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How Cincinnati stole my heart









I haven’t always been such a cheerleader of all things Cincinnati. In fact, I once vowed I’d never return to this city after a miserable internship experience 15 years ago.
 
I know, shocking.
 
I found this city to be insular—backward even—not unlike things I’ve heard muttered by others as I sat on various committees and boards during the last 13 years.
 
But after college graduation, I was lured back to Cincinnati by a job offer and something unexpected happened upon my return. The city started a long, strange love affair with me. And for that, I am eternally grateful.
 
You see, in 2002, I was forced to view my city as a tour guide for hundreds of visitors when I was thrust into a leadership position on a local planning committee for a national conference. And I loved what I saw: what it meant to be committed to a neighborhood, the beauty of the buildings and the value of the people. From there, my romance with the city grew as I was exposed to more neighborhoods and met more people who gave a damn about where this city was headed.
 
The people. Oh the people! Who knew how welcoming, accessible and driven the people of this city could be? So many were willing to lend a hand, connect you with a phone call, or take you under their wing. Now this was a city where you could make a difference. It was a lesson I learned early on in my time in Cincinnati, and one I can only hope to repay to others who come after me.
 
Little did I know then, that these lessons, and these people, would solidify Cincinnati in my heart, and as my home.
 
But in 2006, my perspective of all things great and wonderful about the city changed. While on a ride-along with a District 1 police officer, my eyes and my heart were opened to a side of Cincinnati I hadn’t witnessed before: the drugs, the poverty, the prostitution, the homelessness. Was this the same city I had called home these last five years?
 
This memorable evening only steeled my resolve to make the city a better place for all of her people. And to find others who felt the same.
 
A Voice
Forward to 2008. When we launched Soapbox six years ago this week, we had a hunch that we had found a unique way to tell the stories of the creative pioneers, civic entrepreneurs and social innovators who were moving our city forward and tackling some of its greatest challenges, while setting the course for a new economy.
 
Nothing quite set the tone for what we were about to embark upon than the inaugural piece by founding managing editor Jeff Syroney. To paraphrase, Syroney wrote that you can bitch all you want about what is wrong with this city, but what are you going to do about it? Talk is cheap, and Cincinnati’s grand knack for planning unrealized projects fit all too comfortably with its bookshelf-building past.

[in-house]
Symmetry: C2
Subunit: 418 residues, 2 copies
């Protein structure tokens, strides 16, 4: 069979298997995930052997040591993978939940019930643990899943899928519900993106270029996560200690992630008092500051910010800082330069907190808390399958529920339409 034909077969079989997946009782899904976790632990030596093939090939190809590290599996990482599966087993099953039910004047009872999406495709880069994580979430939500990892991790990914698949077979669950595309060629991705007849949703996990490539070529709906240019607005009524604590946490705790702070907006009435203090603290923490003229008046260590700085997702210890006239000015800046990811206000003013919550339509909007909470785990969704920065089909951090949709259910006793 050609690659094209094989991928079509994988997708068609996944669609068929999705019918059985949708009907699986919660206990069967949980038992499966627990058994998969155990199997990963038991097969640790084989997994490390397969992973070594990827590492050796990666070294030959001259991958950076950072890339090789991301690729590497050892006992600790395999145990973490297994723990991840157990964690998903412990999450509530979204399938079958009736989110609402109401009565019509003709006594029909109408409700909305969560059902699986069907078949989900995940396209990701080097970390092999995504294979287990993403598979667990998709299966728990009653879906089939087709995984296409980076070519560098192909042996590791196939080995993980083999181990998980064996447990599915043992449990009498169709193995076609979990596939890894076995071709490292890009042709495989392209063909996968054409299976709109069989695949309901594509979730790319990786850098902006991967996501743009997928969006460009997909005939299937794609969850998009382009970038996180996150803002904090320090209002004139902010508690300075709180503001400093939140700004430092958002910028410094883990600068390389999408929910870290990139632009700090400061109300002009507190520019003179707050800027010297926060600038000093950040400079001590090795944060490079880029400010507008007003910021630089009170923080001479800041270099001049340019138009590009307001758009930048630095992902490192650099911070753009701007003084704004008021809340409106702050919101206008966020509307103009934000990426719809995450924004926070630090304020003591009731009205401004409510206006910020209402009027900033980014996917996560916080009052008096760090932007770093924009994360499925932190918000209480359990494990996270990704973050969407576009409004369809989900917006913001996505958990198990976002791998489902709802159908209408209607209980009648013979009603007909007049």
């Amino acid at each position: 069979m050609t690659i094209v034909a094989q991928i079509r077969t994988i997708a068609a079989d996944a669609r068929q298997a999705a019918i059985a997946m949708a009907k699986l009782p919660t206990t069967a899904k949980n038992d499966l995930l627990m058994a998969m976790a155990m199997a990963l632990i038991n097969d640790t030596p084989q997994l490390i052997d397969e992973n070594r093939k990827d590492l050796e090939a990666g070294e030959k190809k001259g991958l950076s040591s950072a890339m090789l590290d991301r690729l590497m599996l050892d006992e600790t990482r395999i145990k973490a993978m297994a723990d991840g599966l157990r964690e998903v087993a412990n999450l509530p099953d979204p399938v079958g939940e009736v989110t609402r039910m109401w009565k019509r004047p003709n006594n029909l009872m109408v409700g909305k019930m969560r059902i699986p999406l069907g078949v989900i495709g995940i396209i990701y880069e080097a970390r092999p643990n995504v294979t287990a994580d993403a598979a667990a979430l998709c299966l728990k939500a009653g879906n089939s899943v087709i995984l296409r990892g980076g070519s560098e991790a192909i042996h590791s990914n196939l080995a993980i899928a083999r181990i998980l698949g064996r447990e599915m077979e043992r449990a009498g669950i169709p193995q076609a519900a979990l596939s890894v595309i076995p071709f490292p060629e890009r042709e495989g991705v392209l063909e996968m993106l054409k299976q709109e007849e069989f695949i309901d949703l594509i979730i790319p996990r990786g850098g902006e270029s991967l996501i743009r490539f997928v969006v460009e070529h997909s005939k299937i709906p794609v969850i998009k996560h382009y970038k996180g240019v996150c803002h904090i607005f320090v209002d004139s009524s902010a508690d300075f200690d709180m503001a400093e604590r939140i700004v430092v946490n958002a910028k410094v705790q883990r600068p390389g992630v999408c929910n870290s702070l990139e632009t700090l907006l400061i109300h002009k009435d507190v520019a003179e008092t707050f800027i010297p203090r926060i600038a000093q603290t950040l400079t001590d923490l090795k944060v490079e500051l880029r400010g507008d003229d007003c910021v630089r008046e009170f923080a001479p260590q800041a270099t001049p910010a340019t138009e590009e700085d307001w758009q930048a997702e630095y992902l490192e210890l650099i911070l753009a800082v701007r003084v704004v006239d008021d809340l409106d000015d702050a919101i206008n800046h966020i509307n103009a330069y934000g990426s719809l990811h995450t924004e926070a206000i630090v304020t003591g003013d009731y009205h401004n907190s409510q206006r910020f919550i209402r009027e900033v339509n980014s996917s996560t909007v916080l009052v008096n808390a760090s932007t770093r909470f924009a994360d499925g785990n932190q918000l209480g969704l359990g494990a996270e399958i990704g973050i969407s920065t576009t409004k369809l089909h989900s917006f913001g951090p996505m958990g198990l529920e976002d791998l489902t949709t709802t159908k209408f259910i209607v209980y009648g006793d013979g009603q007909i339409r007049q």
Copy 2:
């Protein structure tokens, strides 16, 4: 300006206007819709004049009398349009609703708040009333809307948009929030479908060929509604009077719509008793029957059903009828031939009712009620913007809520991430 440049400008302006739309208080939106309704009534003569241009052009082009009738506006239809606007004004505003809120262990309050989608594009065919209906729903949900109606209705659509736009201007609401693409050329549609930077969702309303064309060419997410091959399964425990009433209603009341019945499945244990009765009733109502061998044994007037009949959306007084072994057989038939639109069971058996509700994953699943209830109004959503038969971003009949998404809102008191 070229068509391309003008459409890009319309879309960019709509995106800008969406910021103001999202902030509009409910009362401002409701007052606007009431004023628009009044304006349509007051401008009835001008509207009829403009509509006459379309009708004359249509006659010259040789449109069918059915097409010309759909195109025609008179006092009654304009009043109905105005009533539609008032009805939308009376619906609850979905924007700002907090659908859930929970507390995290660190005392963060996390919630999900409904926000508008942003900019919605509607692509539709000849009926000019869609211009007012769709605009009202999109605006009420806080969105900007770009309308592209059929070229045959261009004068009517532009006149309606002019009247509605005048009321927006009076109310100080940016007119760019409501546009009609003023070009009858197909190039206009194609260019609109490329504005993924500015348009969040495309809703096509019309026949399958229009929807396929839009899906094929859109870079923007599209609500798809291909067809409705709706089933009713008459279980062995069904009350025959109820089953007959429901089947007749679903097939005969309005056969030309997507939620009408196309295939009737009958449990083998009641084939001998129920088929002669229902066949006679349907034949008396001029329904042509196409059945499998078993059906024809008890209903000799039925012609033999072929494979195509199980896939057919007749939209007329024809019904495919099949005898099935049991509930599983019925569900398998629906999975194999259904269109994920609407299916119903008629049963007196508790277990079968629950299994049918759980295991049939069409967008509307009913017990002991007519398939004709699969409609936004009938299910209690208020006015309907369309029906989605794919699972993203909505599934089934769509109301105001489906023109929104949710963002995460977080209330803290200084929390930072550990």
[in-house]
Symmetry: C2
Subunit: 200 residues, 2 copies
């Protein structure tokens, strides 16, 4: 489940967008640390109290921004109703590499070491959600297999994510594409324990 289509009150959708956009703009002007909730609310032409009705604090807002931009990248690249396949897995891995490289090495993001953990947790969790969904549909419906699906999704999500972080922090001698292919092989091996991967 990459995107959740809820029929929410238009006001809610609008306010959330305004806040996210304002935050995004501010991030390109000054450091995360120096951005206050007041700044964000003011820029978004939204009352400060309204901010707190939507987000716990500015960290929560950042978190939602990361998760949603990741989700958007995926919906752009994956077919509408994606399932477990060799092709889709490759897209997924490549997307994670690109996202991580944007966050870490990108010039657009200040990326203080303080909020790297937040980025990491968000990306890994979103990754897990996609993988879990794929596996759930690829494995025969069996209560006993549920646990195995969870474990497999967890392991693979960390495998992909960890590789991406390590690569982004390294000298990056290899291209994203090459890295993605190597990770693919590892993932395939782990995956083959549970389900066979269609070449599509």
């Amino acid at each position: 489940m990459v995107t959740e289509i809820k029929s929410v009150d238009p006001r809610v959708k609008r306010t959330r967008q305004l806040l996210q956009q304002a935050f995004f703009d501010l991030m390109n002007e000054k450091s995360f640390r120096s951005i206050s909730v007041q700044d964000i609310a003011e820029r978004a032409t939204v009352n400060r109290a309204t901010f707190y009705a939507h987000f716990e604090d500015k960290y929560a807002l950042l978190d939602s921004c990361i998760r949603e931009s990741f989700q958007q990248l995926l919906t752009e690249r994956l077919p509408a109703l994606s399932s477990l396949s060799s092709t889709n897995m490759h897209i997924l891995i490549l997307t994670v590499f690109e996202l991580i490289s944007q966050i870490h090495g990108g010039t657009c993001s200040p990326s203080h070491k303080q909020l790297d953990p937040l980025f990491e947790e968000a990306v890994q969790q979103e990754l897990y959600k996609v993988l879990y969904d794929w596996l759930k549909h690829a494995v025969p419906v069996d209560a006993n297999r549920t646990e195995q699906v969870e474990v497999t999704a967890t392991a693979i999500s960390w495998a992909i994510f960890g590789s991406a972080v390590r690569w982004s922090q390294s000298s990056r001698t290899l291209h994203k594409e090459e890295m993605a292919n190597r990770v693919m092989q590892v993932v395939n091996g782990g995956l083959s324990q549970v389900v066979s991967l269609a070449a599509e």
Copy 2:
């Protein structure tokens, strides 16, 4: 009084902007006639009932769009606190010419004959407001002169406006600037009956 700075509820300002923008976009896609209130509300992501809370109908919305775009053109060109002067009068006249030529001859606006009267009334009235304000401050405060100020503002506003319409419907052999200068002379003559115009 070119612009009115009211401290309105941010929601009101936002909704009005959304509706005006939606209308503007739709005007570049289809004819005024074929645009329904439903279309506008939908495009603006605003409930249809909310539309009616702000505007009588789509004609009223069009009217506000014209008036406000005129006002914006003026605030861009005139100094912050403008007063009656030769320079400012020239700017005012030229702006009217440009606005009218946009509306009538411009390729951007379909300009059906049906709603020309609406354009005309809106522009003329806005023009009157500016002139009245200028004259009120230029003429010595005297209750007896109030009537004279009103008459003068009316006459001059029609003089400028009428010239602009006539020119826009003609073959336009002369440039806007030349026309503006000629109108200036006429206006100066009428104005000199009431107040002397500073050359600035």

But on these pages we celebrate the doers and innovators—even sharing their failures so others can learn from them. We demand better and hold ourselves, our peers, and our elected, business and civic leaders accountable to moving our vibrant city forward. We profile the innovative public projects, setting the bar for the nation to learn from our example. We highlight education efforts that serve as a model for a growing number of cities across the country. And we herald those key economic development projects that are too important to be railroaded due to short-sightedness.
 
Showing remarkable places around our city is fundamental not only to how we see ourselves, but how others see us, as well. And nothing shows off our city quite like the view from behind our own Scott Beseler’s lens. Each week, his work captures the neighborhoods transforming before our eyes and the people taking creative risks or just enjoying what our city has to offer.
 
A Push
Unless you’ve been living under a rock (or not reading Soapbox), it’s no secret that Cincinnati has got its groove back. Of course it’s no surprise to us—we’ve been documenting the growth and sustained transformation each week for the last six years. But that’s not to say we are a city without its fair share of challenges and issues.
 
Just as I was reminded in the days and weeks after my police ride-along, this city has a lot of work to do, and the conversations we begin here at Soapbox are far from complete. There is always more to say, more perspectives to include, more need to turn talk into action.
 
This Valentine’s Day, show your love for Cincinnati by learning more about how you can lend your voice, your talents or your treasures to making our city—and our region—even greater. Need some ideas? Start here:

  • Get involved in your neighborhood council or start an initiative to make your neighborhood a better place.
  • Help shape the future of Northern Kentucky—take a minute to share your ideas with myNKY.
  • Sign the Preschool Promise and learn what you can do to ensure every child in Greater Cincinnati has access to a quality preschool education.
  • Love our Parks? Become a Friend of Cincinnati Parks—join a committee, donate or volunteer.
  • Are you tech-savvy? Become part of OpenDataCincinnati and learn how you can encourage transparency, innovation and civic engagement.
  • Want to learn more about regional transportation initiatives? Find out how you can get involved in the Believe in Cincinnati movement (and Phase II of the streetcar) or help influence the future of the Brent Spence Bridge.
This list is far from complete. What can you add to the conversation? Reach out to me @DaciaSnider or share your idea in the comment section below.
 
So what are you waiting for? Where will your love for Cincinnati take you?
 
Dacia Snider is Soapbox's founding publisher and is unabashedly proud to call Cincinnati her home.
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